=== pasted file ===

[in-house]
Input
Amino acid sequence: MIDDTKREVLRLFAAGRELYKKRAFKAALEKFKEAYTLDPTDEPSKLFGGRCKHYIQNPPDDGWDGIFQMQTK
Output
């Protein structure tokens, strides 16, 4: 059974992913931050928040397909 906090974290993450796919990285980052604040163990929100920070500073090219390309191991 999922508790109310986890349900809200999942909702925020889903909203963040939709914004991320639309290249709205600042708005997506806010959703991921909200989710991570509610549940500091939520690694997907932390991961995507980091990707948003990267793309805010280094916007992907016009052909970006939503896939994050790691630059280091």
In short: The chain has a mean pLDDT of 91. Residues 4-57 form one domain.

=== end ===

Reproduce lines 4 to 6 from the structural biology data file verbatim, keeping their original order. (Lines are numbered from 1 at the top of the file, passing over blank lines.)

Output
């Protein structure tokens, strides 16, 4: 059974992913931050928040397909 906090974290993450796919990285980052604040163990929100920070500073090219390309191991 999922508790109310986890349900809200999942909702925020889903909203963040939709914004991320639309290249709205600042708005997506806010959703991921909200989710991570509610549940500091939520690694997907932390991961995507980091990707948003990267793309805010280094916007992907016009052909970006939503896939994050790691630059280091």
In short: The chain has a mean pLDDT of 91. Residues 4-57 form one domain.